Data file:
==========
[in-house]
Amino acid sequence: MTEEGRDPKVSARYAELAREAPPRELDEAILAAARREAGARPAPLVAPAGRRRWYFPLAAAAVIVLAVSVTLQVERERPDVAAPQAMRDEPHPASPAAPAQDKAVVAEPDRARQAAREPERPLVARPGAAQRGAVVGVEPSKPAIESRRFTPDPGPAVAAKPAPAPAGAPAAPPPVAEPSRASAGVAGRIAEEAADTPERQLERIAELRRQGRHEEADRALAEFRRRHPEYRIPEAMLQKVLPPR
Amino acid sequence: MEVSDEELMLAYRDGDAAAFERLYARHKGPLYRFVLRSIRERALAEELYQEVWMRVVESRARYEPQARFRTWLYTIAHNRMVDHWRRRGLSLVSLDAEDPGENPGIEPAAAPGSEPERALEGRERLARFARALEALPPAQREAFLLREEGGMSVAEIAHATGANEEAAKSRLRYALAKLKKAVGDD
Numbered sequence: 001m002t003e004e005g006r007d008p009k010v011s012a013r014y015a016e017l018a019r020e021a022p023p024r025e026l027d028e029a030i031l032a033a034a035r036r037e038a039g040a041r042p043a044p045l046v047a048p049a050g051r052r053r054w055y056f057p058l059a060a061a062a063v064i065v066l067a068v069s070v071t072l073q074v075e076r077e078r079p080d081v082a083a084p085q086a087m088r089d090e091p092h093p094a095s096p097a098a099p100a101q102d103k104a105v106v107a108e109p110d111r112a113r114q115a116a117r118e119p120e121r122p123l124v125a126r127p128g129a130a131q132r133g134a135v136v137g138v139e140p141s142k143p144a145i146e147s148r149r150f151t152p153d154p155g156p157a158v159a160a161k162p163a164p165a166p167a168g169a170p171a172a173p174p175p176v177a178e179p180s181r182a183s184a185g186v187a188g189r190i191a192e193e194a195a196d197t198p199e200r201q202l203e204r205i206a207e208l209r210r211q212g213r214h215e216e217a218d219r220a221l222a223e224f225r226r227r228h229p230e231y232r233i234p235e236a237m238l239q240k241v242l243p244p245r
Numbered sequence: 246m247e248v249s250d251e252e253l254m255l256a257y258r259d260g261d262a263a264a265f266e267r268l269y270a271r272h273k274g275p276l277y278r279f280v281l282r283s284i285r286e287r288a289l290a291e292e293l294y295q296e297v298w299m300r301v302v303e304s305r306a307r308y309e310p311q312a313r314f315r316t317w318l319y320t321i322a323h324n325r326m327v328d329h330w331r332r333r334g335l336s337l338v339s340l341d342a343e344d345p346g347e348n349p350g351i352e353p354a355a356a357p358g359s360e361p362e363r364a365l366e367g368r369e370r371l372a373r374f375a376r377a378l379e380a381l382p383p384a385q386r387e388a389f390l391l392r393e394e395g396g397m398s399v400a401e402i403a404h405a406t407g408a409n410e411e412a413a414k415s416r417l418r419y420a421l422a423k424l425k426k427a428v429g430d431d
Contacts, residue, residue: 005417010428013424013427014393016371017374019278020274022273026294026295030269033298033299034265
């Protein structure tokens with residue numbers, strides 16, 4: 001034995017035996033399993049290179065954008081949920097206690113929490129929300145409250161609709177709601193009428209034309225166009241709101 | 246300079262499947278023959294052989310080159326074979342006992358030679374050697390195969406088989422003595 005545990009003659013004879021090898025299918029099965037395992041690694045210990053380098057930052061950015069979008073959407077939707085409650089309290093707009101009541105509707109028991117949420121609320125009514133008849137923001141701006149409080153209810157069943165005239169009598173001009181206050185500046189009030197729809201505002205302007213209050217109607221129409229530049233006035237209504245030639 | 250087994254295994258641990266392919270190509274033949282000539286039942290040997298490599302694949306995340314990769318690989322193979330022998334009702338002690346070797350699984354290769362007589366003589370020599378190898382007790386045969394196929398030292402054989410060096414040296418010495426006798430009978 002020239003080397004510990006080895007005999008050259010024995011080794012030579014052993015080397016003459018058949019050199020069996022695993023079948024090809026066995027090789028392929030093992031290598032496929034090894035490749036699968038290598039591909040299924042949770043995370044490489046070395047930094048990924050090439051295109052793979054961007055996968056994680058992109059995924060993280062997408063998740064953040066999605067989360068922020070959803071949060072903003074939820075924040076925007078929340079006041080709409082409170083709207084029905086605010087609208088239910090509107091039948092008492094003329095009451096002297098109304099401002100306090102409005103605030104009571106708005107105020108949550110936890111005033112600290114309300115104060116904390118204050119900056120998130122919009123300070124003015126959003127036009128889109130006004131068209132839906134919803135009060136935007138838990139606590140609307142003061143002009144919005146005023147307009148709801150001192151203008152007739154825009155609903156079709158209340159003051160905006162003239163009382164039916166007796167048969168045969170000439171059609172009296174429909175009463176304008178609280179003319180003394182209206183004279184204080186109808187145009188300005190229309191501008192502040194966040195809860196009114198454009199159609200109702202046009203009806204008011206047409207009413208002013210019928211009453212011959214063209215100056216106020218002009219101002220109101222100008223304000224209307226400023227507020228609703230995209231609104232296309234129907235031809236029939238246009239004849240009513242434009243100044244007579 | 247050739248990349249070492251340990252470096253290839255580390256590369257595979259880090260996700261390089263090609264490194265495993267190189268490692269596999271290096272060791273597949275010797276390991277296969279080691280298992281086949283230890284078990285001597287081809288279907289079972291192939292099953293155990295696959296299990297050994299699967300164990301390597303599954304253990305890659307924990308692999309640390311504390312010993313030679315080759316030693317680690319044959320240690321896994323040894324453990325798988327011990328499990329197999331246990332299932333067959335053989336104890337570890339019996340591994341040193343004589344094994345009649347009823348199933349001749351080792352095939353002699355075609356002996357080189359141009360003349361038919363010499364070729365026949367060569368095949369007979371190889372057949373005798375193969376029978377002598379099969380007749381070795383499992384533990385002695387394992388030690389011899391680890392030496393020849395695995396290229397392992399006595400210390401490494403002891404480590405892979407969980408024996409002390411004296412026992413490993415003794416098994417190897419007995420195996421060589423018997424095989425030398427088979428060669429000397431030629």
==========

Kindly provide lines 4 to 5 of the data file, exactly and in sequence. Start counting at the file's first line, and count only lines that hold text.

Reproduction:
Numbered sequence: 001m002t003e004e005g006r007d008p009k010v011s012a013r014y015a016e017l018a019r020e021a022p023p024r025e026l027d028e029a030i031l032a033a034a035r036r037e038a039g040a041r042p043a044p045l046v047a048p049a050g051r052r053r054w055y056f057p058l059a060a061a062a063v064i065v066l067a068v069s070v071t072l073q074v075e076r077e078r079p080d081v082a083a084p085q086a087m088r089d090e091p092h093p094a095s096p097a098a099p100a101q102d103k104a105v106v107a108e109p110d111r112a113r114q115a116a117r118e119p120e121r122p123l124v125a126r127p128g129a130a131q132r133g134a135v136v137g138v139e140p141s142k143p144a145i146e147s148r149r150f151t152p153d154p155g156p157a158v159a160a161k162p163a164p165a166p167a168g169a170p171a172a173p174p175p176v177a178e179p180s181r182a183s184a185g186v187a188g189r190i191a192e193e194a195a196d197t198p199e200r201q202l203e204r205i206a207e208l209r210r211q212g213r214h215e216e217a218d219r220a221l222a223e224f225r226r227r228h229p230e231y232r233i234p235e236a237m238l239q240k241v242l243p244p245r
Numbered sequence: 246m247e248v249s250d251e252e253l254m255l256a257y258r259d260g261d262a263a264a265f266e267r268l269y270a271r272h273k274g275p276l277y278r279f280v281l282r283s284i285r286e287r288a289l290a291e292e293l294y295q296e297v298w299m300r301v302v303e304s305r306a307r308y309e310p311q312a313r314f315r316t317w318l319y320t321i322a323h324n325r326m327v328d329h330w331r332r333r334g335l336s337l338v339s340l341d342a343e344d345p346g347e348n349p350g351i352e353p354a355a356a357p358g359s360e361p362e363r364a365l366e367g368r369e370r371l372a373r374f375a376r377a378l379e380a381l382p383p384a385q386r387e388a389f390l391l392r393e394e395g396g397m398s399v400a401e402i403a404h405a406t407g408a409n410e411e412a413a414k415s416r417l418r419y420a421l422a423k424l425k426k427a428v429g430d431d